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Emotional Wellness


Domestic violence has immediate impacts on a victim's health, which sometimes is fatal. Its physical, mental, and behavioural health effects can be extensive and can continue long after the violence has stopped. However, someone could recover after experiencing abuse, even if the abuse lasts for many years.

A healthy mind goes beyond not having a mental illness, and addressing one's mental health needs will improve overall well-being. The well-being of realizing one's potential, coping with the everyday stresses of life, can work productively, can do well and fully enjoy life.

Part of the multifaceted journey to recovery addresses the emotional well-being of survivors to ensure and maintain financial security. Receiving counselling support to work through trauma-related issues that are barriers to gaining employment or affecting performance at work is pivotal to economic security.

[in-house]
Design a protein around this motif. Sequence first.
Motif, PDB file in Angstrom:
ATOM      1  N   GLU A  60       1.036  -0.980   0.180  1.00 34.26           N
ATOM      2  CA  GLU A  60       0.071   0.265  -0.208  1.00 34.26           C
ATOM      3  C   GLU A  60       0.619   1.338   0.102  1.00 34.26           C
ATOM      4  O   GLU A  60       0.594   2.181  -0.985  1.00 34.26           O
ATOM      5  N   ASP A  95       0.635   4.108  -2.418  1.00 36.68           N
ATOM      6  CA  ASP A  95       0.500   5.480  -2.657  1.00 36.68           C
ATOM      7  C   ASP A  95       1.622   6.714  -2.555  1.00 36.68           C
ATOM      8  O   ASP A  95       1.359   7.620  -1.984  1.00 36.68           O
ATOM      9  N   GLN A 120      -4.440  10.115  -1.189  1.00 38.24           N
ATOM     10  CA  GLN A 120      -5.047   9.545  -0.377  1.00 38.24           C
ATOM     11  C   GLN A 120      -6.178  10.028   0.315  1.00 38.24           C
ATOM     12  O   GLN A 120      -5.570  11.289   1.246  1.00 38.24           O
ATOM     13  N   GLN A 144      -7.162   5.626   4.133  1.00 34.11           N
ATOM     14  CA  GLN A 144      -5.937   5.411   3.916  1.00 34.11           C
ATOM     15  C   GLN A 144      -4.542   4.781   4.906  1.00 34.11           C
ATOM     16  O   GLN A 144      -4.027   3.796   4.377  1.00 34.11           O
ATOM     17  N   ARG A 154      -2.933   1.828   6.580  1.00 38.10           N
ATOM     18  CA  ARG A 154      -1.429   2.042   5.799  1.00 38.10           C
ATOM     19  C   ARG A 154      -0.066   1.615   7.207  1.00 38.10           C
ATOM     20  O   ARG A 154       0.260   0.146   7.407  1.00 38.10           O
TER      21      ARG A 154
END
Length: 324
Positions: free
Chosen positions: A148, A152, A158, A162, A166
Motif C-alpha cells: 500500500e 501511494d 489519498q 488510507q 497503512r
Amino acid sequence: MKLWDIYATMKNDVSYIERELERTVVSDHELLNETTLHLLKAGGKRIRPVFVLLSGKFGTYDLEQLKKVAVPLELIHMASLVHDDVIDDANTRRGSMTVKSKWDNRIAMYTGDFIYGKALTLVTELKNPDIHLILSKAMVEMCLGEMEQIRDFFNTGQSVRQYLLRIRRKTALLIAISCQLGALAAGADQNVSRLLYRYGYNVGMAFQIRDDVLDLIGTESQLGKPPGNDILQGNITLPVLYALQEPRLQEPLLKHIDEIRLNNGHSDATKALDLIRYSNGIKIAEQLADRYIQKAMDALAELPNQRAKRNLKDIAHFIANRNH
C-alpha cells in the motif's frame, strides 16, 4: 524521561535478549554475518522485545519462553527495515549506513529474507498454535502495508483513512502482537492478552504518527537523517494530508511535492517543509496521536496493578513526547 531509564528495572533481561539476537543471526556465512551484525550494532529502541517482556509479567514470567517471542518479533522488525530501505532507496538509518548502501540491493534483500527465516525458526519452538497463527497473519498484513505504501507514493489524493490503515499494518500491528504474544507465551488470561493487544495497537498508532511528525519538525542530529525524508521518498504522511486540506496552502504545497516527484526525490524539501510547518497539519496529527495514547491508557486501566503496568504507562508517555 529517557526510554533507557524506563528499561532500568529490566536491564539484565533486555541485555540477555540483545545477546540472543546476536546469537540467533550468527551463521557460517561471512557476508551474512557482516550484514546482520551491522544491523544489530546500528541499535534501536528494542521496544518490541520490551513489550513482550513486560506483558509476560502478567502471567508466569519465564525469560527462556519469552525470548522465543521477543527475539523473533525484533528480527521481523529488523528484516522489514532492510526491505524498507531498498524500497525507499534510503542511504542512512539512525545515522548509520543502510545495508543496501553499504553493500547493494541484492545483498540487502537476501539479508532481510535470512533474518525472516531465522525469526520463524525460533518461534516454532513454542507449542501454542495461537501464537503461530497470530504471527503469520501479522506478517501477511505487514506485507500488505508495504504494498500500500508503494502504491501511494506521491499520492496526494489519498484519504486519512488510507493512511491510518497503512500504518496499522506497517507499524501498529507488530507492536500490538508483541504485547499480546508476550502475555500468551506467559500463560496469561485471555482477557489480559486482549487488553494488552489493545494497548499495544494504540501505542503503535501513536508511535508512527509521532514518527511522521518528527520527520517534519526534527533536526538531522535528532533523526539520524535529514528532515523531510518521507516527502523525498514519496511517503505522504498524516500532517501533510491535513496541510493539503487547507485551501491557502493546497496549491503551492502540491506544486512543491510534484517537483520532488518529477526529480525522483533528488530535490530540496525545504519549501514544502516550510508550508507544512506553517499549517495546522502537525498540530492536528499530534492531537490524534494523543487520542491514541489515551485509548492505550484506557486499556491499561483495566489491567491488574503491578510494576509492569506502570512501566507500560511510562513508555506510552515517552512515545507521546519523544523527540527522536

Although not comprehensive, below are some possible emotional, psychological and behavioural effects of domestic violence. Survivors may develop personality changes that impact their sense of identity and the way they show up. If you suspect that you or anyone you know may be suffering from abuse, contact CIWA for culturally sensitive support.


  • Depression; Feeling sad or withdrawn for more than two weeks
  • Loss of concentration or productivity
  • Sleeping and eating disorders; Changes to normal eating or sleeping habits
  • Chronic stress and anxiety disorders (e.g. post-traumatic stress disorder; hypervigilance)
  • Self-harm and suicide attempts
  • poor self-esteem
  • Self-blame and guilt
  • Anger
  • Feelings of helplessness, despair
  • Self-destructive behaviour / self-degradation
  • Difficulties with parenting children
  • Changes in relationships with others